Physiotherapists must be put on the front line to ease pressure on GPs and hospitals
Analysis by specialist recruiter, Medicare First, found that adopting this approach could potentially save the NHS millions of pounds by easing pressure on trusts that are currently reported to be at breaking point. This ties in with research by Gary Morris, a lecturer at Cardiff University, which found that boosting physiotherapists’ roles could save the health service a minimum of £21m per year.
Andrew Anastasiou, managing director of Medicare First commented, “Promoting the role of physiotherapists is crucial to the ongoing success of the NHS. These professionals focus on recovery and recuperation and away from costly clinical interventions, which is one of the main aims of the health service at the moment. This strategy not only helps people to get better, but also improves patients’ overall fitness and reduces the likelihood of requiring this service in the future.”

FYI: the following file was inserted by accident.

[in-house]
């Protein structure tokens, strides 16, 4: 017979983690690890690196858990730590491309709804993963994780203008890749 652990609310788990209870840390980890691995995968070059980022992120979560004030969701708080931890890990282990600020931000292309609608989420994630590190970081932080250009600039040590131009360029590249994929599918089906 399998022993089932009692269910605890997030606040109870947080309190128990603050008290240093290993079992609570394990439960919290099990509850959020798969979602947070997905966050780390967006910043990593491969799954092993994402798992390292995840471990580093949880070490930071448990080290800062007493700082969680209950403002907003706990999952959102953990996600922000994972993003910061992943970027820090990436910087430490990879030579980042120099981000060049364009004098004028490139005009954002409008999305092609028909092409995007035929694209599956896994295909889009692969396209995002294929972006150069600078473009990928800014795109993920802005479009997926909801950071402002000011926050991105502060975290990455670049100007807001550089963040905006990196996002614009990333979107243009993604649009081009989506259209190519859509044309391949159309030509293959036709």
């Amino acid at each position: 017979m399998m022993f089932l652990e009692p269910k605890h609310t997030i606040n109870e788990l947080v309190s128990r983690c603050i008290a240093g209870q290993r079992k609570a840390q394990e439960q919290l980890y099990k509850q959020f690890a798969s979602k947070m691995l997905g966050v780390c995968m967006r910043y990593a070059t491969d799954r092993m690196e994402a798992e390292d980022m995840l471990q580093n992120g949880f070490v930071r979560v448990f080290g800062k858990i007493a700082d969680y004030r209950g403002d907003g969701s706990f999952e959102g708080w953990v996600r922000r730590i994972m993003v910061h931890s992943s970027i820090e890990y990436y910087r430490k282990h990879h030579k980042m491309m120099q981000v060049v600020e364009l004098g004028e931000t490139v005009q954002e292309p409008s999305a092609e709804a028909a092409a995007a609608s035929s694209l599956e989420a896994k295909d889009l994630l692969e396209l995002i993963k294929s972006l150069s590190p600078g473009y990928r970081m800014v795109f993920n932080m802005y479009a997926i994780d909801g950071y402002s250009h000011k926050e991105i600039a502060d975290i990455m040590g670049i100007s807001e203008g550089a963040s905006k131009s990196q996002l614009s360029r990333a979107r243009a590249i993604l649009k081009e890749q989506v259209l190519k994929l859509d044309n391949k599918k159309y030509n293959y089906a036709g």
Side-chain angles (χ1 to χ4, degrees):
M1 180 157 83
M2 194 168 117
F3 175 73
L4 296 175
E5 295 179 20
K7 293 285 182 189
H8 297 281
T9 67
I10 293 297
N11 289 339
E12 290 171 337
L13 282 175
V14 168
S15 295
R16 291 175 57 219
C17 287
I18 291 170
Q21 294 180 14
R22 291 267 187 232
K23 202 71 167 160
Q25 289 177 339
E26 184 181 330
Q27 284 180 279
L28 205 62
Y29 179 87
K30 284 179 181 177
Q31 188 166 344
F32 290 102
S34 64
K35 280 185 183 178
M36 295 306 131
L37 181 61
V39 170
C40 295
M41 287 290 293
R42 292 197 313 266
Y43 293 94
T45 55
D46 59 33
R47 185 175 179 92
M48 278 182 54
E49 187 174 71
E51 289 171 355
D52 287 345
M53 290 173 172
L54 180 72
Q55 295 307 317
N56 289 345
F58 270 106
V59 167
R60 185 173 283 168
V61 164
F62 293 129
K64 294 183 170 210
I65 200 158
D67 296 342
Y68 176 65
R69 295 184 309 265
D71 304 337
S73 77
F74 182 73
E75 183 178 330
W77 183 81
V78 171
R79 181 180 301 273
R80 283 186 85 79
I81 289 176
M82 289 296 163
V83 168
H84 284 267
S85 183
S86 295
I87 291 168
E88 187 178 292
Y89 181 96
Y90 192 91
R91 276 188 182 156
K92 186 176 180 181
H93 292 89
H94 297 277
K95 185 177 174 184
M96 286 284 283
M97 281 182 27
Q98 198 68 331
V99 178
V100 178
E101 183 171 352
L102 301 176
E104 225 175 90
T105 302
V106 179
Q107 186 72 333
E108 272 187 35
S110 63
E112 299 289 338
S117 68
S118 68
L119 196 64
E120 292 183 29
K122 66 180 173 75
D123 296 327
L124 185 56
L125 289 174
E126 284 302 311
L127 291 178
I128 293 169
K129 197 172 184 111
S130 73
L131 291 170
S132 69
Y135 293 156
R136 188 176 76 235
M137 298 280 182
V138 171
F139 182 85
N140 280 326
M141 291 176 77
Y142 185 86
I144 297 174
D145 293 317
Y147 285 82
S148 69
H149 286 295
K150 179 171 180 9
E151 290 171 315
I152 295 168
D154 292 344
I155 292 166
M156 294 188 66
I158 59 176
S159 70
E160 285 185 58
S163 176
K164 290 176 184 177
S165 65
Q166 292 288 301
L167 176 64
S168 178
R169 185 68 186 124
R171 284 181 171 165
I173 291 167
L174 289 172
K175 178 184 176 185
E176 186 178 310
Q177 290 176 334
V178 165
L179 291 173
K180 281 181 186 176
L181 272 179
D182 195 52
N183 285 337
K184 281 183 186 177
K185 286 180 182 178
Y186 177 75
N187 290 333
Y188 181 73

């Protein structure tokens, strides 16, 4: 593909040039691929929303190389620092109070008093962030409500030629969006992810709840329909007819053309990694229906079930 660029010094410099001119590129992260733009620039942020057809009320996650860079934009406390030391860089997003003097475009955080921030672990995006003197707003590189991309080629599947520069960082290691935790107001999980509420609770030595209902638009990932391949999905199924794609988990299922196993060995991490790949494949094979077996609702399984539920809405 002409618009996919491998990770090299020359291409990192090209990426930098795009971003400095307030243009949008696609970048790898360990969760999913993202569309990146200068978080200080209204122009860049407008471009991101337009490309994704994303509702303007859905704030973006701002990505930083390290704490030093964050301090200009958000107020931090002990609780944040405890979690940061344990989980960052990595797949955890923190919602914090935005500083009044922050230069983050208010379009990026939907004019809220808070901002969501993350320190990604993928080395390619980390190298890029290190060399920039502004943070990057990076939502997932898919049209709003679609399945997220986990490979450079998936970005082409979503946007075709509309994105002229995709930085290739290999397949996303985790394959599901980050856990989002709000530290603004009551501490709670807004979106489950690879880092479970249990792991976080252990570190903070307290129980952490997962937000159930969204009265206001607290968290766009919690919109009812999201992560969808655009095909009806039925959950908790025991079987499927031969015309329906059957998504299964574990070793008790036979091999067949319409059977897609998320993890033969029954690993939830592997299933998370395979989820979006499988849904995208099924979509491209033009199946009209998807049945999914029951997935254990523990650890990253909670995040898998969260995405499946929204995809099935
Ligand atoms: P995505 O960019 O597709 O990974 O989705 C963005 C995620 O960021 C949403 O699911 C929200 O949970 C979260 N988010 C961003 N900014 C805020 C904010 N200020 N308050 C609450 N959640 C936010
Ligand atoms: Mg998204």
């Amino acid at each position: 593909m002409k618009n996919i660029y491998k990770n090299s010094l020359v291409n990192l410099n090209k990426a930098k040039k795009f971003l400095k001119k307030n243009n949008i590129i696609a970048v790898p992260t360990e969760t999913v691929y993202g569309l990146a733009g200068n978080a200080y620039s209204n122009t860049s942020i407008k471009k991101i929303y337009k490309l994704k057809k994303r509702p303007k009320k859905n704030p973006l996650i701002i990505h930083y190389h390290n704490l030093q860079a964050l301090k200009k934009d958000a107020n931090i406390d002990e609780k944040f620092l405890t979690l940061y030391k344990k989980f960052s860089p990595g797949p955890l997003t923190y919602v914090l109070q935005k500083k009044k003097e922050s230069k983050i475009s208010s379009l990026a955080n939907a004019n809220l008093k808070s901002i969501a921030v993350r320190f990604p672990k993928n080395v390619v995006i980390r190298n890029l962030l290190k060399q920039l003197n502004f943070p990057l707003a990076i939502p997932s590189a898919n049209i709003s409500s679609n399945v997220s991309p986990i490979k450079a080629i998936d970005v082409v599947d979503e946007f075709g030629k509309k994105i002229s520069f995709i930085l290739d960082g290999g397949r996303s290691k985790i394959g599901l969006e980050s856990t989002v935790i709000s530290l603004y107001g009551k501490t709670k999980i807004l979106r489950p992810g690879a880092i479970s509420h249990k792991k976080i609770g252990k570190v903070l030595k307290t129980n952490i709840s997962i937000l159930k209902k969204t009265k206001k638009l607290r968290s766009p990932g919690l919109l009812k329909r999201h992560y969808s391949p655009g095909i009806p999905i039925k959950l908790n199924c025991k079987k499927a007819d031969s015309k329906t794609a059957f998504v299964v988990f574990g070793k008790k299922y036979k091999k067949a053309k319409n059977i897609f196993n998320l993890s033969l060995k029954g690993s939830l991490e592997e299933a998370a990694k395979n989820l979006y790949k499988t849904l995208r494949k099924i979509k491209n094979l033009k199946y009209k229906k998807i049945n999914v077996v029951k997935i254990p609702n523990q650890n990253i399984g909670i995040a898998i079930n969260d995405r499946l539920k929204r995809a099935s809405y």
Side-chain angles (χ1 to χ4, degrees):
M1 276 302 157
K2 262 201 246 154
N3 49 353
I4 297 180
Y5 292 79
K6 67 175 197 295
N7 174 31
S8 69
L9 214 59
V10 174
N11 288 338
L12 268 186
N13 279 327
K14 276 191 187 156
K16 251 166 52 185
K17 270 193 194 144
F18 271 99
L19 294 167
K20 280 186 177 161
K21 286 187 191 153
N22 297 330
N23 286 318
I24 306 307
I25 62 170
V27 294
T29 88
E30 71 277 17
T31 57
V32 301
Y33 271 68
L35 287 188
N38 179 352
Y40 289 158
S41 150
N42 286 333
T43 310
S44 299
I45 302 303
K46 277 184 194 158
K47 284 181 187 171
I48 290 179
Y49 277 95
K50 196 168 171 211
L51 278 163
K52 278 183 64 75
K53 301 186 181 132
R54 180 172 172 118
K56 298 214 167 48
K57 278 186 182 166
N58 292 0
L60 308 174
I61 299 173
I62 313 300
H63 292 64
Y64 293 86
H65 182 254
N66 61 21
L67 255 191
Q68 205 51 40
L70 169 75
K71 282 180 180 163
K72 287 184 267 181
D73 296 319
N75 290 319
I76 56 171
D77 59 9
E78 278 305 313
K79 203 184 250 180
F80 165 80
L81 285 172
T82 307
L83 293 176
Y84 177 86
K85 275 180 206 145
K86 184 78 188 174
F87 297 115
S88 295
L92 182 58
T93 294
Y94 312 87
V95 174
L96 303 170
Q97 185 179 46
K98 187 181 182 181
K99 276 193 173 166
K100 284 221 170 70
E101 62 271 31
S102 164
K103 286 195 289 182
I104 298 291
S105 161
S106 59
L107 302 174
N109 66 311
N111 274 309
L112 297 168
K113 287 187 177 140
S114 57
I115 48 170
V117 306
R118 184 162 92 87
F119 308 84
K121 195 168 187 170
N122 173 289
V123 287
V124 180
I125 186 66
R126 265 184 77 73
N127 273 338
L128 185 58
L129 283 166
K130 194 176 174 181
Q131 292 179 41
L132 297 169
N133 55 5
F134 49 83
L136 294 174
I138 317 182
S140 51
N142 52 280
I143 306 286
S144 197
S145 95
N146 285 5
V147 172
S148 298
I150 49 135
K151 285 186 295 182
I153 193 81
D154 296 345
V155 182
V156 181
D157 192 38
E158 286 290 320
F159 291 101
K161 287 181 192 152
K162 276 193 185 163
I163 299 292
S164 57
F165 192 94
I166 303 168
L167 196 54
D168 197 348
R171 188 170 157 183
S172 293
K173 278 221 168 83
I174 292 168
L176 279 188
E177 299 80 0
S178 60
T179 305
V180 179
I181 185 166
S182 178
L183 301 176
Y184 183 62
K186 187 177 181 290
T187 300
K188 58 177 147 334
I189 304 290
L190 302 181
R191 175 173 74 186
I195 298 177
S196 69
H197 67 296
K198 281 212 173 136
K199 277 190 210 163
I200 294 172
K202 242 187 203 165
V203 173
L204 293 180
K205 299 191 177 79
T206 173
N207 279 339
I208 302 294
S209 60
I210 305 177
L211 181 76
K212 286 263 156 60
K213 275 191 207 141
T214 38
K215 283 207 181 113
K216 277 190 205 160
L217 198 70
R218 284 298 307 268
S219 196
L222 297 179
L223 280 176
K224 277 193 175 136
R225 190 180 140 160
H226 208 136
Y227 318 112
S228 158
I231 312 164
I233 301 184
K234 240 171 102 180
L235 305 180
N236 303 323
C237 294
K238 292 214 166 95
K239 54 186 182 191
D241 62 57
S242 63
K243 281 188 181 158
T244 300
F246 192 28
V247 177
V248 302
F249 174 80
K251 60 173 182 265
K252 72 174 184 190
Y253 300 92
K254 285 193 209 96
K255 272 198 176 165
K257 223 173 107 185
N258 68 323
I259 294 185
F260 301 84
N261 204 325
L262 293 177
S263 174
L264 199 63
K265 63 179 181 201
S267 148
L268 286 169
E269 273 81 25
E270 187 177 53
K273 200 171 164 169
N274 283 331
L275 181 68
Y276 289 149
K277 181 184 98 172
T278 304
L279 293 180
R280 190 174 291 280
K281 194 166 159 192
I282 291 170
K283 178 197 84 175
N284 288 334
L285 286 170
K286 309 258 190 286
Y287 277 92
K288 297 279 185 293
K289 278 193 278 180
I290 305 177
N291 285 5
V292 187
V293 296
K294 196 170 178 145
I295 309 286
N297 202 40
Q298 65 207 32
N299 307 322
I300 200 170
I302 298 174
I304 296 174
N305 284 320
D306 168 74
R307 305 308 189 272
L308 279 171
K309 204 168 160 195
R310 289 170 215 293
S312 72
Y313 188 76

“The idea has already been piloted by some health boards, particularly in Wales, but absolutely has to be rolled out more extensively across the UK if we are to reap the real rewards. It’s hard to go a week without hearing one story or another about a shortage of GPs or hospital doctors and increasing the roles of physiotherapists, who already provide a critical service, could certainly go some way in solving this issue. It’s reported that up to 30% of GP appointments are related to musculoskeletal problems and allowing these professionals to take some of the workload would free up time from GPs, who may have to see patients with more long-term and complex medical needs.”